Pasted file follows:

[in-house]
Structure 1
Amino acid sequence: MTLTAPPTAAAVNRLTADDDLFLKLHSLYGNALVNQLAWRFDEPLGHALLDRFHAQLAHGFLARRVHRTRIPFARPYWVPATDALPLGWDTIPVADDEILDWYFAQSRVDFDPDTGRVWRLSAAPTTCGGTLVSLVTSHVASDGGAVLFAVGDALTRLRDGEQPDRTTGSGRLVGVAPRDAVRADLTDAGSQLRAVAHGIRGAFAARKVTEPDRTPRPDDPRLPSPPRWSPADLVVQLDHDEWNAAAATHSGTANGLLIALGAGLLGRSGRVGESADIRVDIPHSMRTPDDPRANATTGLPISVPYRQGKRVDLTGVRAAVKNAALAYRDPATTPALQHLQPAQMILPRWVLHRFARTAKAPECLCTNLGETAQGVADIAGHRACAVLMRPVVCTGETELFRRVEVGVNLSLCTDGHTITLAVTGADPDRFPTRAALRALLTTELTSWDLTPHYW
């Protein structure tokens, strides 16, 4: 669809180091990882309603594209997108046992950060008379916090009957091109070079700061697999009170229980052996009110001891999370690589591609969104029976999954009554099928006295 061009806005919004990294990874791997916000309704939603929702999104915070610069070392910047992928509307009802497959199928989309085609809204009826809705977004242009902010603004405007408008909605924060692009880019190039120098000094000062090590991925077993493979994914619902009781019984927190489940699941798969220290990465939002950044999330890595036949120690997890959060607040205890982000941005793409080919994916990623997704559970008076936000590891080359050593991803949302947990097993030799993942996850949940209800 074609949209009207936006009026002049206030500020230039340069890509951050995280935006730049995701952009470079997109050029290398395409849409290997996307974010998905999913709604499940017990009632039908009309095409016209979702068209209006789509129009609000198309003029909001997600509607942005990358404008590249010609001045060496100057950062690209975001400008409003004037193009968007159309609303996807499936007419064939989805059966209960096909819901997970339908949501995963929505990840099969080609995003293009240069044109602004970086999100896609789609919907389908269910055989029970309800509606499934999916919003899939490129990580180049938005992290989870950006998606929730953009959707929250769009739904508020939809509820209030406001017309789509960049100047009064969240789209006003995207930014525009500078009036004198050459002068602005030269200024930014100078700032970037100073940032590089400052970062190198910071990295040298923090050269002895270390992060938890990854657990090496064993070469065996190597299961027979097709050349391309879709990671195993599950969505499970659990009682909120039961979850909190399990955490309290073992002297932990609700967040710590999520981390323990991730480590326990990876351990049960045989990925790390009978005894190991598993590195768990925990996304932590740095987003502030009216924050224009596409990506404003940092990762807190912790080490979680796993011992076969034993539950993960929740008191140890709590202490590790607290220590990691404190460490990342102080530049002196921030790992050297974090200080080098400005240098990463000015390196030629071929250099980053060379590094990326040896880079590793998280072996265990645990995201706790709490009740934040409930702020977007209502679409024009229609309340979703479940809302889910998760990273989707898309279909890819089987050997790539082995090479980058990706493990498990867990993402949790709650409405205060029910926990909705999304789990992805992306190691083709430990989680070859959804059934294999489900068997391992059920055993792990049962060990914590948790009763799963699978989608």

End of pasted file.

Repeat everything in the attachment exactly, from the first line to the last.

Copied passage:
[in-house]
Structure 1
Amino acid sequence: MTLTAPPTAAAVNRLTADDDLFLKLHSLYGNALVNQLAWRFDEPLGHALLDRFHAQLAHGFLARRVHRTRIPFARPYWVPATDALPLGWDTIPVADDEILDWYFAQSRVDFDPDTGRVWRLSAAPTTCGGTLVSLVTSHVASDGGAVLFAVGDALTRLRDGEQPDRTTGSGRLVGVAPRDAVRADLTDAGSQLRAVAHGIRGAFAARKVTEPDRTPRPDDPRLPSPPRWSPADLVVQLDHDEWNAAAATHSGTANGLLIALGAGLLGRSGRVGESADIRVDIPHSMRTPDDPRANATTGLPISVPYRQGKRVDLTGVRAAVKNAALAYRDPATTPALQHLQPAQMILPRWVLHRFARTAKAPECLCTNLGETAQGVADIAGHRACAVLMRPVVCTGETELFRRVEVGVNLSLCTDGHTITLAVTGADPDRFPTRAALRALLTTELTSWDLTPHYW
């Protein structure tokens, strides 16, 4: 669809180091990882309603594209997108046992950060008379916090009957091109070079700061697999009170229980052996009110001891999370690589591609969104029976999954009554099928006295 061009806005919004990294990874791997916000309704939603929702999104915070610069070392910047992928509307009802497959199928989309085609809204009826809705977004242009902010603004405007408008909605924060692009880019190039120098000094000062090590991925077993493979994914619902009781019984927190489940699941798969220290990465939002950044999330890595036949120690997890959060607040205890982000941005793409080919994916990623997704559970008076936000590891080359050593991803949302947990097993030799993942996850949940209800 074609949209009207936006009026002049206030500020230039340069890509951050995280935006730049995701952009470079997109050029290398395409849409290997996307974010998905999913709604499940017990009632039908009309095409016209979702068209209006789509129009609000198309003029909001997600509607942005990358404008590249010609001045060496100057950062690209975001400008409003004037193009968007159309609303996807499936007419064939989805059966209960096909819901997970339908949501995963929505990840099969080609995003293009240069044109602004970086999100896609789609919907389908269910055989029970309800509606499934999916919003899939490129990580180049938005992290989870950006998606929730953009959707929250769009739904508020939809509820209030406001017309789509960049100047009064969240789209006003995207930014525009500078009036004198050459002068602005030269200024930014100078700032970037100073940032590089400052970062190198910071990295040298923090050269002895270390992060938890990854657990090496064993070469065996190597299961027979097709050349391309879709990671195993599950969505499970659990009682909120039961979850909190399990955490309290073992002297932990609700967040710590999520981390323990991730480590326990990876351990049960045989990925790390009978005894190991598993590195768990925990996304932590740095987003502030009216924050224009596409990506404003940092990762807190912790080490979680796993011992076969034993539950993960929740008191140890709590202490590790607290220590990691404190460490990342102080530049002196921030790992050297974090200080080098400005240098990463000015390196030629071929250099980053060379590094990326040896880079590793998280072996265990645990995201706790709490009740934040409930702020977007209502679409024009229609309340979703479940809302889910998760990273989707898309279909890819089987050997790539082995090479980058990706493990498990867990993402949790709650409405205060029910926990909705999304789990992805992306190691083709430990989680070859959804059934294999489900068997391992059920055993792990049962060990914590948790009763799963699978989608």